Rugby's uneviable, but thoroughly deserved reputation as the world's worst-run sport was reinforced once again yesterday when the great and good at the top end of the game confirmed that the winners of this year's Heineken Cup would, after all, be granted the automatic right to defend their title next season. News of the committee wallahs' last-minute exercise in goalpost-shifting left some of the most senior figures on the English club scene, not least the Bristol coach, Bob Dwyer, angry to the point of incandescence.
From the moment the draw for the Ã©lite Champions' League-style tournament was made last summer, European Rugby Cup board members insisted that clubs could qualify for the 2000-2001 tournament only via a nomination from their home union - a stance that led the English clubs to believe that the top six finishers in the 12-team Allied Dunbar Premiership would get the nod. Top six became top five when the Rugby Football Union decided to give the winners of the doomed Tetley's Bitter Cup a Heineken place. "Finishing above seven sides is a lot more difficult than finishing above six," Dwyer groaned at the time.
The ground rules have been changed again, however: yesterday, two days before the first of this term's semi-finals, it was announced that Northampton, the sole English survivors, would participate next season if they won the trophy on 27 May, irrespective of their Premiership finish. If Northampton do indeed take the European title, and Wasps beat them in the final of the Tetley's tomorrow week, only the top four in the Premiership will be guaranteed the lucrative spoils of Heineken participation. That could cost either Bristol or Saracens a seat at the top table.
Terry Burwell, the director of operations at Twickenham, revealed yesterday that the change had been agreed by ERC in March and, in an early bid for the Understatement of the Millennium title, admitted: "Communication in our sport is a significant problem." Dwyer was rather more forthright. "It's not a problem of communication, but a problem of decision-making," he fumed. "One of the time-honoured laws of sport - a moral law, if you like - is that you don't change the rules when the race has started. This is precisely the kind of farce we've come to expect."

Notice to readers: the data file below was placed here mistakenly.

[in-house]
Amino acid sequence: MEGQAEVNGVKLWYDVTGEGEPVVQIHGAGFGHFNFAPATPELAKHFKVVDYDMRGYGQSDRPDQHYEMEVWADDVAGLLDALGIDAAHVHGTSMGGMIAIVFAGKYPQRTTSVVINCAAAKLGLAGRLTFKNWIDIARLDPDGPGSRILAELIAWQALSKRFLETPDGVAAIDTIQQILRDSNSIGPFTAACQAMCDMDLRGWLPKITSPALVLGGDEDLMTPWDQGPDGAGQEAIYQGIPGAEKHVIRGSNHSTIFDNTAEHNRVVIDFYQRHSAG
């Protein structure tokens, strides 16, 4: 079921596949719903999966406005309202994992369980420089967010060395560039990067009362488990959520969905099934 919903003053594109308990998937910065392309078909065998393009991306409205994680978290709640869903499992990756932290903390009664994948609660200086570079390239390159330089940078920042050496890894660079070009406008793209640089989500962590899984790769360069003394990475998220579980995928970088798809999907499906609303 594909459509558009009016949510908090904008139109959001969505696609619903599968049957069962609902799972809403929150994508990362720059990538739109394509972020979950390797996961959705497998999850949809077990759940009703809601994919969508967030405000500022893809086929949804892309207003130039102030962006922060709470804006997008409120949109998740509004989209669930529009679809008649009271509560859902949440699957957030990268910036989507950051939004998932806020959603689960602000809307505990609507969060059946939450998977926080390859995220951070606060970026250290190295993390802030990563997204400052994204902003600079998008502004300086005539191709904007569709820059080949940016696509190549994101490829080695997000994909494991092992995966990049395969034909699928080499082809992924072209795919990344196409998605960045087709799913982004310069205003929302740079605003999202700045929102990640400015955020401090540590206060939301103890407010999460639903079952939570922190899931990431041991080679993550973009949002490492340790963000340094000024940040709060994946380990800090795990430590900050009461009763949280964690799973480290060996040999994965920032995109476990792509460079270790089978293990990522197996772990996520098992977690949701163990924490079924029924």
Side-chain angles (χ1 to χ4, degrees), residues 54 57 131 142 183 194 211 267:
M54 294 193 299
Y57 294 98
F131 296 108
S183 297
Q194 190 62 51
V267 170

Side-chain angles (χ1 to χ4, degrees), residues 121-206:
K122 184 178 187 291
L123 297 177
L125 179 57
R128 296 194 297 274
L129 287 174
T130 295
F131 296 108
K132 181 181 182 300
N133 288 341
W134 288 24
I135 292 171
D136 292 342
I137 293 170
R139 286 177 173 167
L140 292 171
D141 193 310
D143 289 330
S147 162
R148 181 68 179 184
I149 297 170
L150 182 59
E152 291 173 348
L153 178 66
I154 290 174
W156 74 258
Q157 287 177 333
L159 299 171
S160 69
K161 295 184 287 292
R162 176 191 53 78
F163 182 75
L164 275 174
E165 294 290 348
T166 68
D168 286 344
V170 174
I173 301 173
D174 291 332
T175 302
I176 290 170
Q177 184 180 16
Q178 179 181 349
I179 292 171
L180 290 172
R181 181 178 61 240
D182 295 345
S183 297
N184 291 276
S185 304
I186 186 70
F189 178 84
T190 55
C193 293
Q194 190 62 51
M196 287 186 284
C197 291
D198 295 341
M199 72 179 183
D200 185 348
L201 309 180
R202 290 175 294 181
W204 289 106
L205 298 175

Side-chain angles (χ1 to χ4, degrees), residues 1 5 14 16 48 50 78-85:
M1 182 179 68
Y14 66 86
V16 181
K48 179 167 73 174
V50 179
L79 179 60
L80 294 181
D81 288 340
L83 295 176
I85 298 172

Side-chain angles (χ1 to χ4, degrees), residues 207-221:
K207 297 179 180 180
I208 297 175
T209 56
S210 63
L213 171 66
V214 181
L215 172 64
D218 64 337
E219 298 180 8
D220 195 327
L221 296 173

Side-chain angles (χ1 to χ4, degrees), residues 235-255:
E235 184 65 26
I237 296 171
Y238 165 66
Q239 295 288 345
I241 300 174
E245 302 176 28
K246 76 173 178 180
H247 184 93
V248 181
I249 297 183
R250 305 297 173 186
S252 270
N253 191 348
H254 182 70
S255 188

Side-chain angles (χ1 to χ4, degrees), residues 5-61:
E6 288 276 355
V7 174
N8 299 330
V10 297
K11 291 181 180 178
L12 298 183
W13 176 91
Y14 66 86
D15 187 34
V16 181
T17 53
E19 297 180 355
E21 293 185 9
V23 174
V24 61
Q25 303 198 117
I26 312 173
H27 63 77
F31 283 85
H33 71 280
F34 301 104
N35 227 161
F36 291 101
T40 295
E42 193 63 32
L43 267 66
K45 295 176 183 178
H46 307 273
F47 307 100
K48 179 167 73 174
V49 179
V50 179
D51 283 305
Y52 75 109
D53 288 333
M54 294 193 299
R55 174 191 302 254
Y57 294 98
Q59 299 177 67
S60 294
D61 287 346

Ironically, Dwyer's Bristol have made the last four of the second-tier European Shield - an unsponsored and largely unloved competition that he, among others, sees as a costly distraction from the real business of qualifying for the Heineken. The fact that the Shield winners will win a place in the more exclusive tournament from the end of next season, as opposed to this, has made the World Cup-winning Wallaby coach's mood all the darker. "If we were to win this season's Shield at the expense of qualifying for the Heineken, it would mean less than nothing," he said this week.
These latest developments come at a bad moment for the sport. Last month, the Heineken quarter-final between Llanelli and Cardiff was disrupted by an embarrassingly public dispute over whether the sin-bin system was in operation. On Wednesday, an International Rugby Board disciplinary panel effectively washed its hands of the so-called "Grannygate" scandal, in which three high-profile players were exposed as winning Test caps under false pretences. Almost five years into professionalism, the amateurs are still calling the shots - and the wrong shots at that.
Northampton's chances of beating Llanelli in Reading on Sunday were improved yesterday by firm indications that several of their walking wounded - Matt Dawson, Garry Pagel, Budge Pountney and the captain, Pat Lam - should pass fitness tests tomorrow. Allan Bateman and Nick Beal are still in the 50-50 bracket, however, and the Midlanders will need both if they are to repulse a Welsh challenge strengthened by the availability of the Tongan wing, Salesi Finau, who was sent off during a league match at the weekend but quickly exonerated by a disciplinary panel.
Meanwhile, Pat Howard, the former Wallaby centre, has been given a player-coach's role at Leicester for next season, while the French outside-half Thierry Lacroix will leave Saracens and return home at the end of the season. Lacroix, a qualified physiotherapist, has accepted a managerial job at a medical complex and plans to play part-time rugby with Perpignan.
Cardiff will not allow the prop Andrew Lewis to join Bath. The club's chairman, Peter Thomas, has invoked a clause in Lewis's contract that will now keep him at the Arms Park for at least another season.Reuse content